DIY and Exercise: How is a Kitchen Faucet Like a Workout?

Kitchen faucet like a workout

What do DIY projects have to do with health and fitness?

For me, the feeling I get after completing a project in my home is just like the one I get after a good workout. I just feel so accomplished, especially when it’s a first-time-project like installing flooring, or an exceptionally challenging workout with Shaun T’s. Of course, there is also the awesome savings of NOT having to hire a plumber. Really, if you can change a light bulb, you too can do this!

How To Change Your Own Kitchen Faucet:

I have been meaning to do this for a long time, since the old faucet leaked and had extremely low pressure, not to mention it was a bit ugly and the sprayer was broken. Nothing like a shiny new faucet! Now, If I could only figure out how to get it off and how to install the new one!

Knowing absolutely nothing about the faucet changing business, I briefly checked YouTube for a quick lesson. I took a “before” picture with my iPhone and headed out to see what I could find at the home store.


Tip: You would be wise to check whether your existing faucet has 1-4 holes BEFORE you head to the store. Many standard faucets will fit multiple configurations, but as you shop around, the selection can be overwhelming, so check to be sure, and save yourself unnecessary trips.

Shopping List:

Believe it or not, you don’t have to have a slew of plumbing supplies (whatever those may be) to change a faucet. Here’s what I used:

  • My new faucet kit (pick one up at any big box home store, with the correct number of holes, of course). Delta and Moen were the brands recommended to me (choosing was the hardest parfaucet basin wrencht!)
  • Plumbers’ putty (your kit may not require this)
  • Bucket to catch water
  • Towel to lay out under sink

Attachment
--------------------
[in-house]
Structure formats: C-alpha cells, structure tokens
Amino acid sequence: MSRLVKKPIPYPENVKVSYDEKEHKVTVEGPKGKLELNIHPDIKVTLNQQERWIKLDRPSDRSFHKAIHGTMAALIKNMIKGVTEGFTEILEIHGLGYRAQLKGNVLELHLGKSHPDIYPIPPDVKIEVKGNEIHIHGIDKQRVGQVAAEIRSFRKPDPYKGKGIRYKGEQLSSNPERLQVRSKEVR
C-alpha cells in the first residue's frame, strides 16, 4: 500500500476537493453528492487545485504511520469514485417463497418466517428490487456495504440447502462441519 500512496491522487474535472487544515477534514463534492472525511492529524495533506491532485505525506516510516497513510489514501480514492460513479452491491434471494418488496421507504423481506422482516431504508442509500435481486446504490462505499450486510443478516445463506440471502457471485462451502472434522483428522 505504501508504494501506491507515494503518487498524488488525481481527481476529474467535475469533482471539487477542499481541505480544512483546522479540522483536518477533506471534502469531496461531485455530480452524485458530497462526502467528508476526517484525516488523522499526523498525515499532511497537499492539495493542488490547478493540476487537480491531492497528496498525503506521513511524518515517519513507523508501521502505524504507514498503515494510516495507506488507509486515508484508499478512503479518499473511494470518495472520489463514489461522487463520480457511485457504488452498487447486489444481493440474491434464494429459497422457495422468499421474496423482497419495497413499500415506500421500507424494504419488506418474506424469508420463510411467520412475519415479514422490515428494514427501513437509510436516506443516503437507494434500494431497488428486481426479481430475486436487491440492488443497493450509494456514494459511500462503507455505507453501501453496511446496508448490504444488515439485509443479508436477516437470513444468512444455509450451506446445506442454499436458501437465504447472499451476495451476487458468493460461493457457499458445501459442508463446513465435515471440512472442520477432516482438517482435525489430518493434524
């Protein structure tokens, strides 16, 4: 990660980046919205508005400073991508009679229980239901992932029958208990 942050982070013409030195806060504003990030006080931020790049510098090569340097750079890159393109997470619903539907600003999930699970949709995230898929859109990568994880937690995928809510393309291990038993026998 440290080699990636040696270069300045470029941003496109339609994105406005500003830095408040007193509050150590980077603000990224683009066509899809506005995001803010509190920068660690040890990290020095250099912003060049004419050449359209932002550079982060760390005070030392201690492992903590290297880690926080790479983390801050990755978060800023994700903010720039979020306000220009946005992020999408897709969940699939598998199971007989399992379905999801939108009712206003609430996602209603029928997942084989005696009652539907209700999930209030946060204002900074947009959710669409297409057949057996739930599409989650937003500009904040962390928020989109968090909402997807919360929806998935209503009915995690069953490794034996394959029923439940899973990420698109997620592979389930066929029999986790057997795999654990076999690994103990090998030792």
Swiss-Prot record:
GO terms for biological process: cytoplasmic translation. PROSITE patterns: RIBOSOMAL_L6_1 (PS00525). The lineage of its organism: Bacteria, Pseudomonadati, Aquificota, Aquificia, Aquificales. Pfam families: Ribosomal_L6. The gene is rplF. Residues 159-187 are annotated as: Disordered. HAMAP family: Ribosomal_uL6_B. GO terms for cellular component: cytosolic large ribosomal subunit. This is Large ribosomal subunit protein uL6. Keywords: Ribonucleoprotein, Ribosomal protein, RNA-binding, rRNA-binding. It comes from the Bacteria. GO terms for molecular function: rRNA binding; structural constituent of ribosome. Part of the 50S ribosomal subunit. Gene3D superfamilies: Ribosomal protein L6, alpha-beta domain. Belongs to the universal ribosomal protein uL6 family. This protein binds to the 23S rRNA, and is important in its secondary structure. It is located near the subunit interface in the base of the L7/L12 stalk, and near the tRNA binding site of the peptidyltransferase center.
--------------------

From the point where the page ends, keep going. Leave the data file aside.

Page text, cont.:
• Basin wrench (I did NOT know what this was before this project)

Steps:

  1. Locate the shut off valve & turn off the water source.
  2. Once the water is off, turn the faucet handle to “on”, to let any residual water run out.
  3. Disconnect supply lines for the hot & cold water (have a bucket/towel under the sink ready to catch the water as you do this)

under the faucet

  1. Remove the old faucet and follow manufacturer’s directions to install the new one (confession: after looking at the directions, I briefly considered abandoning ship, but decided to stick with it and pressed on). From the top, insert the hot and cold handles, soap dispenser, etc. into the corresponding holes.

directions to change faucet

Look what I found! It was REALLY dirty under there. Perfect time for a little TLC! If yours looks like mine did, you’ll want to spruce it up while you have the chance.

clean faucet

  1. Tighten the nuts under the sink by hand, then with the wrench. Don’t over tighten. It’s really helpful to have someone come and hold the faucet in place from the top while you are under the sink trying to screw it in.
  2. If you did everything right, you should have no leaks! Go ahead, I dare you. Turn on the water. Tip: Turn on the water for a few seconds to flush any debris through the lines before attaching the aerator. And that’s IT!brand new faucet

Ok, so I’m pretty sure you did great, even if it was your first time, too! Just like a newbie starting a brand new workout program, I promise, if you attempt this as a first-timer, you will see what I mean about that awesome feeling of accomplishment! I don’t know why I let this project intimidate me for so long. I only wish I had done it sooner so I could enjoy the results.

What DIY projects are you planning at home? I’d love to hear!

 

 

 

 

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